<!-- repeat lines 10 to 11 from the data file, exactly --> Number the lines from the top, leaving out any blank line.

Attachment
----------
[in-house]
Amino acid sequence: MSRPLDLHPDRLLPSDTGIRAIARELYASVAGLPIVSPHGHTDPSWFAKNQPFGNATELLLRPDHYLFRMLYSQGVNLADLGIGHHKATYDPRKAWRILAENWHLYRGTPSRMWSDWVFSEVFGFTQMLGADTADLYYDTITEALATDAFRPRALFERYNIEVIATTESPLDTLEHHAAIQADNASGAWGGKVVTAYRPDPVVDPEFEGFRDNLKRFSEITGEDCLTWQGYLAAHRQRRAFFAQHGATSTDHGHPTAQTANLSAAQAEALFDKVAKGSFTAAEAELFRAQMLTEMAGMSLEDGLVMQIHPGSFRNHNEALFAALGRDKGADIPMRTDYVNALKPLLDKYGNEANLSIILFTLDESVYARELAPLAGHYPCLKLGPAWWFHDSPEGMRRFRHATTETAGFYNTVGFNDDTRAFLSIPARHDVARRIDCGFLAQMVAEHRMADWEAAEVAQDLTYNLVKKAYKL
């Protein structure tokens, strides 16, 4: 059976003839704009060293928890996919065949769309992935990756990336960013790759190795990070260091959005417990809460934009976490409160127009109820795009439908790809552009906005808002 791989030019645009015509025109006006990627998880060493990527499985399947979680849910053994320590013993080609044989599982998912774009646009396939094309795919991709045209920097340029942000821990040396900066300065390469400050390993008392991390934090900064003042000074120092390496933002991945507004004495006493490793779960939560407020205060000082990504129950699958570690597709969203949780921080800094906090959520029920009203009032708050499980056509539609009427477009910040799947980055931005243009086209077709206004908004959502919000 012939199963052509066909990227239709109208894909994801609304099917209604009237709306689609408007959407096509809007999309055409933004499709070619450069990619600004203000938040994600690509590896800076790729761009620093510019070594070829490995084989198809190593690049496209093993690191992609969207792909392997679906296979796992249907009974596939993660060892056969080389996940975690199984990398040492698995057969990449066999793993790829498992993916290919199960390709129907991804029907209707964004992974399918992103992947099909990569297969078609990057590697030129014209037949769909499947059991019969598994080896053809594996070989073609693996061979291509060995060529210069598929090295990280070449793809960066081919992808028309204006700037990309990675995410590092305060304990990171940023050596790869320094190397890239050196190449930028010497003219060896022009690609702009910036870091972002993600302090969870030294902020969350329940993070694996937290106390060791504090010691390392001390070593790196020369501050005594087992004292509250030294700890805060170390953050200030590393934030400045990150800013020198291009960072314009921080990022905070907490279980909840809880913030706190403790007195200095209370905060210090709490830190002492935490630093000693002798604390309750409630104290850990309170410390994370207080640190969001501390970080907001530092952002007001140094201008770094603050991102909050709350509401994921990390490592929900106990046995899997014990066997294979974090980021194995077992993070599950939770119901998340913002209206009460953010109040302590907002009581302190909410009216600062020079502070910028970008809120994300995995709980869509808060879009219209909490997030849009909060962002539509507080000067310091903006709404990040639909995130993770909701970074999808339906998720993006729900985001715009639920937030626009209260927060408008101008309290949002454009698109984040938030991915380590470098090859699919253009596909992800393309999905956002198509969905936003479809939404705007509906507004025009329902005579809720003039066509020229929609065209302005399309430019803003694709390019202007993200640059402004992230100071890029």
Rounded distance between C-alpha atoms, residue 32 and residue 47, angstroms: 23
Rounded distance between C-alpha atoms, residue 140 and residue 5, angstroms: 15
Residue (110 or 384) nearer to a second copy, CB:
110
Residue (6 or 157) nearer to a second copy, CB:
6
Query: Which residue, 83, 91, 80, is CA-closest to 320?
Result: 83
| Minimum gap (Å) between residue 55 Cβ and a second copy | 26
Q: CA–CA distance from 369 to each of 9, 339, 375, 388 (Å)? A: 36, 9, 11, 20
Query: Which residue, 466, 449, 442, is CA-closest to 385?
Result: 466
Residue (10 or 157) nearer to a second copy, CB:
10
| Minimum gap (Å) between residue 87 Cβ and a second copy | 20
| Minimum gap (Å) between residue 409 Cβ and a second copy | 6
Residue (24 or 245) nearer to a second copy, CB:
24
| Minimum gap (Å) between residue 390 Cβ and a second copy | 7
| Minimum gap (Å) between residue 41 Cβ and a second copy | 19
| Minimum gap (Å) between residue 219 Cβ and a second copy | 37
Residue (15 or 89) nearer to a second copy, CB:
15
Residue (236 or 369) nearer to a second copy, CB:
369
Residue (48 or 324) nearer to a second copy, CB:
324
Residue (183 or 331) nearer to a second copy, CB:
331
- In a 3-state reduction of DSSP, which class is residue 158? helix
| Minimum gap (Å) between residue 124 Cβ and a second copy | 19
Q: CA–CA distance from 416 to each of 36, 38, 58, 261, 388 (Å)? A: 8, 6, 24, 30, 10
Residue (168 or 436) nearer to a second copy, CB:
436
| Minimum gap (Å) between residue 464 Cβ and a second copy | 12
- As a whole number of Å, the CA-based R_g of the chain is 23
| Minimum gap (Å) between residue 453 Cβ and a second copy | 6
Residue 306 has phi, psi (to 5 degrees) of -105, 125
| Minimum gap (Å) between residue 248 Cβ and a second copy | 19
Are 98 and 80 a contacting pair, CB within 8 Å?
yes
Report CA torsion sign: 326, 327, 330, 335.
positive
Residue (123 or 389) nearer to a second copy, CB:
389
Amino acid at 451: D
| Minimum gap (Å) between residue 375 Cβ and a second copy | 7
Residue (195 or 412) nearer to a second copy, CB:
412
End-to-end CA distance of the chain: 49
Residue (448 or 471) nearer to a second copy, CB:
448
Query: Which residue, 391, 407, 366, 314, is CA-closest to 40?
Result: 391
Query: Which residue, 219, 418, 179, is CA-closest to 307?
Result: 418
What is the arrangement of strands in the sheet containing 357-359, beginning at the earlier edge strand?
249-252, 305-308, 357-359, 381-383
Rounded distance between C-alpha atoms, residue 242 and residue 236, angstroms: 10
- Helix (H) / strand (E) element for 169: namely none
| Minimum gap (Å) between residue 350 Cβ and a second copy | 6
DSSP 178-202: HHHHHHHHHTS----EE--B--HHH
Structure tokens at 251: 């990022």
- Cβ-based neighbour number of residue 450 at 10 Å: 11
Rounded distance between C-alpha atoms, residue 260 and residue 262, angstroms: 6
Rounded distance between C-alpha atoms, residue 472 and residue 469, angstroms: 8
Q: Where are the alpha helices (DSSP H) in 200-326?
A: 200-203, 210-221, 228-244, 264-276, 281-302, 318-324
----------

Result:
Query: Which residue, 83, 91, 80, is CA-closest to 320?
Result: 83